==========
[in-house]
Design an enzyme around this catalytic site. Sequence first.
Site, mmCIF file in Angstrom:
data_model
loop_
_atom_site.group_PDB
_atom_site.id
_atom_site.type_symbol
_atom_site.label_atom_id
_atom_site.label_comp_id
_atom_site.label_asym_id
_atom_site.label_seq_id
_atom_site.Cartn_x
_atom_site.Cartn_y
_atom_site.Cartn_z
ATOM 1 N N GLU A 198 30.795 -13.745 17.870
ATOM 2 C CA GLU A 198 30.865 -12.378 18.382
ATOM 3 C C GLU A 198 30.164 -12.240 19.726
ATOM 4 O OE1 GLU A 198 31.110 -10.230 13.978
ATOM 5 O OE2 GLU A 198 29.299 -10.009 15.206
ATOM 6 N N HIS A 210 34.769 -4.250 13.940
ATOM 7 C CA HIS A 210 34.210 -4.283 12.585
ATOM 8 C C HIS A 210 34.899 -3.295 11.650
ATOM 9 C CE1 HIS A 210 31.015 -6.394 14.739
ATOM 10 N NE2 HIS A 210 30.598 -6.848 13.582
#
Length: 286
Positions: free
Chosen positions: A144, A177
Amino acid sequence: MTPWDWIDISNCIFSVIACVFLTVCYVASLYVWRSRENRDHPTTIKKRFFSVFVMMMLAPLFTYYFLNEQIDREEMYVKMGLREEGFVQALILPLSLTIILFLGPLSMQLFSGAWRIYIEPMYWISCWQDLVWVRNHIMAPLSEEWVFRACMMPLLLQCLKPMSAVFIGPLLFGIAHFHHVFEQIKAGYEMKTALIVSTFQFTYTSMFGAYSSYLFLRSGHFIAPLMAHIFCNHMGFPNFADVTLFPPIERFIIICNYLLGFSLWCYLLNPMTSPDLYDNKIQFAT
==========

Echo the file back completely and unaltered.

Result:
[in-house]
Design an enzyme around this catalytic site. Sequence first.
Site, mmCIF file in Angstrom:
data_model
loop_
_atom_site.group_PDB
_atom_site.id
_atom_site.type_symbol
_atom_site.label_atom_id
_atom_site.label_comp_id
_atom_site.label_asym_id
_atom_site.label_seq_id
_atom_site.Cartn_x
_atom_site.Cartn_y
_atom_site.Cartn_z
ATOM 1 N N GLU A 198 30.795 -13.745 17.870
ATOM 2 C CA GLU A 198 30.865 -12.378 18.382
ATOM 3 C C GLU A 198 30.164 -12.240 19.726
ATOM 4 O OE1 GLU A 198 31.110 -10.230 13.978
ATOM 5 O OE2 GLU A 198 29.299 -10.009 15.206
ATOM 6 N N HIS A 210 34.769 -4.250 13.940
ATOM 7 C CA HIS A 210 34.210 -4.283 12.585
ATOM 8 C C HIS A 210 34.899 -3.295 11.650
ATOM 9 C CE1 HIS A 210 31.015 -6.394 14.739
ATOM 10 N NE2 HIS A 210 30.598 -6.848 13.582
#
Length: 286
Positions: free
Chosen positions: A144, A177
Amino acid sequence: MTPWDWIDISNCIFSVIACVFLTVCYVASLYVWRSRENRDHPTTIKKRFFSVFVMMMLAPLFTYYFLNEQIDREEMYVKMGLREEGFVQALILPLSLTIILFLGPLSMQLFSGAWRIYIEPMYWISCWQDLVWVRNHIMAPLSEEWVFRACMMPLLLQCLKPMSAVFIGPLLFGIAHFHHVFEQIKAGYEMKTALIVSTFQFTYTSMFGAYSSYLFLRSGHFIAPLMAHIFCNHMGFPNFADVTLFPPIERFIIICNYLLGFSLWCYLLNPMTSPDLYDNKIQFAT